In last week's "Trendwatch" we made light of a debate among psychiatrists over whether to change the diagnostic criteria of autism. Yesterday, the Times featured an article discussing another controversy that has arisen during the process of revising the psychiatrist's Bible, the Diagnostic and Statistical Manual of Mental Disorders (DSM): The debate centers on a change to the diagnostic guidelines for depression.
Currently, psychiatrists make an exception for "bereavement" when evaluating a person for depression. In other words, feeling sad because your dog dies or because Newt Gingrich may be the Republican nominee for President is considered "normal" and not a sign of mental illness. At least, not yet. Members of the American Psychiatric Association are considering eliminating the bereavement exemption, the reasoning being that this will enable psychiatrists to make more accurate--and quicker--depression diagnoses. Of course, if this change goes through, it goes one giant step further to pathologizing what most would consider normal human behavior.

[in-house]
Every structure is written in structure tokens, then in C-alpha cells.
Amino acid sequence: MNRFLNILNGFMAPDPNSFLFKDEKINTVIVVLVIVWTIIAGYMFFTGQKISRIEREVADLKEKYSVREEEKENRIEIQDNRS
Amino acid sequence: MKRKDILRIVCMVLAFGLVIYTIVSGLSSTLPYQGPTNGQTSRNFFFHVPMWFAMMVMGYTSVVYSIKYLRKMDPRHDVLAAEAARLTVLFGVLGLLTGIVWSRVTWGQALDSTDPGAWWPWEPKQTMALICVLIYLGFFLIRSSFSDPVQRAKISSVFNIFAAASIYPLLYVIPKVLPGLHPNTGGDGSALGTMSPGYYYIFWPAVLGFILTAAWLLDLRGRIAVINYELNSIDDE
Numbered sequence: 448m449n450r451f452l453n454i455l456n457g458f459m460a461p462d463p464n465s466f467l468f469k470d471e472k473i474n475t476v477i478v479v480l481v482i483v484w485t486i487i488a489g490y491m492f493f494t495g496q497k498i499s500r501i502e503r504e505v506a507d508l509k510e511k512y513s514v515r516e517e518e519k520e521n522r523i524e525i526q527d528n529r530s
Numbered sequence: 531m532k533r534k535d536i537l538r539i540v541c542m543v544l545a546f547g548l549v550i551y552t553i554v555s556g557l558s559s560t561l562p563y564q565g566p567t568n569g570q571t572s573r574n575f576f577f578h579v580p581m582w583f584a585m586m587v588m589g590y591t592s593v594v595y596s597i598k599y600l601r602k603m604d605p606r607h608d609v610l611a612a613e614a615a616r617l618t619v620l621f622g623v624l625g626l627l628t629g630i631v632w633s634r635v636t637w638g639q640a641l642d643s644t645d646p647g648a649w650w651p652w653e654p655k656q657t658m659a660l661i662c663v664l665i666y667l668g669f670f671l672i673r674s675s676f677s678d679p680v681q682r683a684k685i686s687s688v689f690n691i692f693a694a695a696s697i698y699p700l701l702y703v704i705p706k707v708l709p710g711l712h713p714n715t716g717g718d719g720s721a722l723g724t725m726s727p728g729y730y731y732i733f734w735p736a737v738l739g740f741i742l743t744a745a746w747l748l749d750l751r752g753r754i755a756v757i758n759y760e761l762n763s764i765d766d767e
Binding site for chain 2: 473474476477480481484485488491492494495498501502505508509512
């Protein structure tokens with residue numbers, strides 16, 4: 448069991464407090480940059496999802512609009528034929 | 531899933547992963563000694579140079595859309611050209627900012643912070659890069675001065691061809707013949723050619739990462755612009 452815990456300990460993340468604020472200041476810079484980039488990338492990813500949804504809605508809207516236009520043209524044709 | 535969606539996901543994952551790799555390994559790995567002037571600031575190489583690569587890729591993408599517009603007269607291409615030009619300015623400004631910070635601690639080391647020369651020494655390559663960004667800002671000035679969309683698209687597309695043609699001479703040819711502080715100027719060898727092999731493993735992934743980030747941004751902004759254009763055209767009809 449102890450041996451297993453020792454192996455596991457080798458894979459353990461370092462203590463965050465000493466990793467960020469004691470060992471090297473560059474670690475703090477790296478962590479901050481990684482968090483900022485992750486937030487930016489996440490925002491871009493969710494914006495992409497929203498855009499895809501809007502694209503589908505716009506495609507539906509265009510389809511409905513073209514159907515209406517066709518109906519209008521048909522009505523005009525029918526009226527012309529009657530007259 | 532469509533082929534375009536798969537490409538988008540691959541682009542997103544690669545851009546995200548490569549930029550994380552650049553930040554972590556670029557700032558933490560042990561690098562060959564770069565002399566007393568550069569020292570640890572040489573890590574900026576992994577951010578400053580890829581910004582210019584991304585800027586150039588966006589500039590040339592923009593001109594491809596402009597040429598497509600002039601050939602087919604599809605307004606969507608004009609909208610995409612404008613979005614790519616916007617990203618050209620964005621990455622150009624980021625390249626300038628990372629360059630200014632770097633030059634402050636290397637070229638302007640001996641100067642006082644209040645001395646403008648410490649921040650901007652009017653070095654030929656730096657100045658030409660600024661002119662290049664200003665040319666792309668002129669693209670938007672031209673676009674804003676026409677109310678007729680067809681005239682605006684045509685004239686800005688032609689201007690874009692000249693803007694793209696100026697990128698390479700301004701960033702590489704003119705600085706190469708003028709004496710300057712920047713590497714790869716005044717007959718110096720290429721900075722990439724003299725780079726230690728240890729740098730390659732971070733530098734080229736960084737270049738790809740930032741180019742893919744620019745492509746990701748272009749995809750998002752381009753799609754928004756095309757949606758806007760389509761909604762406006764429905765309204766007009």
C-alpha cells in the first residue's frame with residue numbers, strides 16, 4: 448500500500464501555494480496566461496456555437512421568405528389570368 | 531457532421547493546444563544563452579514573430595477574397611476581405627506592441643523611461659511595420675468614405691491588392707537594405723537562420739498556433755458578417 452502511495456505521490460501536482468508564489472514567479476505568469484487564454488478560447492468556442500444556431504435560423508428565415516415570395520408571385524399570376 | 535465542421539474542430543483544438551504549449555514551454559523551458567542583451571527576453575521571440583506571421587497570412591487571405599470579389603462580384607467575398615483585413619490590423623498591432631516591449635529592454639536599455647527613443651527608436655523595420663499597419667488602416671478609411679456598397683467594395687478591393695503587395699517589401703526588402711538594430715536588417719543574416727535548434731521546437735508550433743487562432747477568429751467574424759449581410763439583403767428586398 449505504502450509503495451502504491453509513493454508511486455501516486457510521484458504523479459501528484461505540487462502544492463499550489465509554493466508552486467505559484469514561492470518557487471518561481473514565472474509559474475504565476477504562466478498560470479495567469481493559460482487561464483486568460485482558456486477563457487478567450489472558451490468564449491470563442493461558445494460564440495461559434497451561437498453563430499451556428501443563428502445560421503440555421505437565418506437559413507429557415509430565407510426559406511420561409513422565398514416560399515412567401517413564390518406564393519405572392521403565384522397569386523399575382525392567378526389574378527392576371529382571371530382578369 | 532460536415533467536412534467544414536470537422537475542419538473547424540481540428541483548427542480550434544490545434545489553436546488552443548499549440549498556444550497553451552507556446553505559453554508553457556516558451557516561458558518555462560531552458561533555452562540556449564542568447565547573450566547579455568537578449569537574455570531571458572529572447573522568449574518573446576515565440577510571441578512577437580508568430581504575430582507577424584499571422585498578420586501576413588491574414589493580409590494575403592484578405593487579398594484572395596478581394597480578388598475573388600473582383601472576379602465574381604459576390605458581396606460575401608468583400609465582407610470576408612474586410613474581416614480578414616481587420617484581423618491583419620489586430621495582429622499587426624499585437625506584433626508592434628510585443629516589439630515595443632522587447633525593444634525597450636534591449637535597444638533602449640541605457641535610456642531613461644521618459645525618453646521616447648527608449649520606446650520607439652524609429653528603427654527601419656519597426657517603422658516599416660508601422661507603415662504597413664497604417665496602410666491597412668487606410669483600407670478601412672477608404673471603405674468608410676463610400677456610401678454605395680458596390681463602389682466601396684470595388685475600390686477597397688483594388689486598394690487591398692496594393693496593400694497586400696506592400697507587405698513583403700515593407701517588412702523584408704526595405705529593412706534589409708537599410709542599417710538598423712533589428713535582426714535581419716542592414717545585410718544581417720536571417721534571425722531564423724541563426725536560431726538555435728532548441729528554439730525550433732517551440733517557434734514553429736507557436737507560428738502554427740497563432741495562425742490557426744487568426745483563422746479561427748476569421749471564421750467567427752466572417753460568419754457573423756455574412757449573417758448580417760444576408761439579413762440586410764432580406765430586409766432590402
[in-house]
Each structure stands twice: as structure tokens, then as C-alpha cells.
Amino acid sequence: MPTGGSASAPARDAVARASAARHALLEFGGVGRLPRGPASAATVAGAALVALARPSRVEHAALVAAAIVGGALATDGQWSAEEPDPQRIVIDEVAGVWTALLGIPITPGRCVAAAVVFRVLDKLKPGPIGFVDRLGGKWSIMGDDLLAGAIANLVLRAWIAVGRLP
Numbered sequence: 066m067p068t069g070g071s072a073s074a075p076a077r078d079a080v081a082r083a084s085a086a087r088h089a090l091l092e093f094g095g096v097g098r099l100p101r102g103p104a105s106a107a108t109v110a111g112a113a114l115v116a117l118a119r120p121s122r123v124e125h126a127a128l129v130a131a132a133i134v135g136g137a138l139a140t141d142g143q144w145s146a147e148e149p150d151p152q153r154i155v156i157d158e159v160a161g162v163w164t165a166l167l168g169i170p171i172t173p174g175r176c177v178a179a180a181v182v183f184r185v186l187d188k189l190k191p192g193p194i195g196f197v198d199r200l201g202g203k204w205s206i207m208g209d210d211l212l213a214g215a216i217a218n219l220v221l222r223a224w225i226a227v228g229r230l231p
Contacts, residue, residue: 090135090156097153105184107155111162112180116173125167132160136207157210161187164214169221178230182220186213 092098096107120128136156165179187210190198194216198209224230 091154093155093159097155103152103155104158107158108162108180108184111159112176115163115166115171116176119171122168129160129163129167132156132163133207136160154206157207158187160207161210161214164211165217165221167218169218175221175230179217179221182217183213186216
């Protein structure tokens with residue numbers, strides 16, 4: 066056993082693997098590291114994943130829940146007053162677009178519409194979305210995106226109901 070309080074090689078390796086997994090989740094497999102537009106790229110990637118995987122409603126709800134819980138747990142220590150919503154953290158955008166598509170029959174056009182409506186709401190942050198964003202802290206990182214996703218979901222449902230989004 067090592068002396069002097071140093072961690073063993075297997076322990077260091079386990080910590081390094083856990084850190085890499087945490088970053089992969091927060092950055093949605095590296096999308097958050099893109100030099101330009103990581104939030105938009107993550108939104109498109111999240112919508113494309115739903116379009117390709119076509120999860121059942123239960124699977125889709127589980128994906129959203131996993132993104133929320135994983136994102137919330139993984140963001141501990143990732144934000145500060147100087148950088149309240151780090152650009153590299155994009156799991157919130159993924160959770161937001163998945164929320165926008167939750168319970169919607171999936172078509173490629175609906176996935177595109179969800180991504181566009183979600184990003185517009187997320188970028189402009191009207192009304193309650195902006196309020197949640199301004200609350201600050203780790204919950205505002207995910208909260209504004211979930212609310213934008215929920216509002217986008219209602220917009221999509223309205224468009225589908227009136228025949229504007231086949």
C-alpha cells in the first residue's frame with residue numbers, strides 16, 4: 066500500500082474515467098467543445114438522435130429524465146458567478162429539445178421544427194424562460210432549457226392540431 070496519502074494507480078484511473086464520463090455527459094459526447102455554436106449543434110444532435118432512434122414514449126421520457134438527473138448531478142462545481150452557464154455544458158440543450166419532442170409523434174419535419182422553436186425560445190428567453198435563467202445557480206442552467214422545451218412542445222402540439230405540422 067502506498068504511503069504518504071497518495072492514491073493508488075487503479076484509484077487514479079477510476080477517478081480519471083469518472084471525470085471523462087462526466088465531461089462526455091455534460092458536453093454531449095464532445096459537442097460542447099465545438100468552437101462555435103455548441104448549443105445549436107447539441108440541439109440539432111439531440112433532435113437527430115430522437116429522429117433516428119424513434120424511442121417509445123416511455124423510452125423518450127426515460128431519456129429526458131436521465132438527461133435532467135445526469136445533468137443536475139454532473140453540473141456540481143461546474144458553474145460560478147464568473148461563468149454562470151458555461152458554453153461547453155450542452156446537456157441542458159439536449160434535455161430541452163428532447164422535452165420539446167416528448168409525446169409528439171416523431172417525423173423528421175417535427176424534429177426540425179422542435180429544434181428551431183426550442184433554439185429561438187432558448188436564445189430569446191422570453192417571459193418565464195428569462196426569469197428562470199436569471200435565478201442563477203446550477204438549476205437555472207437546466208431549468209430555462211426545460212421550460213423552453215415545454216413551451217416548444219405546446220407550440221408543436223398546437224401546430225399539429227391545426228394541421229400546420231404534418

Put it this way: Feeling sad when sad things happen is no more a sign of mental illness than feeling happy when good things happen. If someone finds out that the cancer diagnosis he received was a false positive and then finds out that he holds the winning $100 million lottery ticket, should he go into therapy because he can't stop smiling?
Of course, maybe the idea is that only negative feelings need to be eliminated. Sometimes it seems like mental health professionals want to eliminate sadness. A possibly laudable goal, but if the only thing that matters is people feeling good, why not just legalize crack and let people smoke themselves to death in a haze of good feelings?
If someone is so depressed that she can't work or play or even get out of bed in the morning, this may be a sign of mental illness. But if that same someone's mother just died, cut her some slack. Let her experience her grief for a while before classifying her as diseased.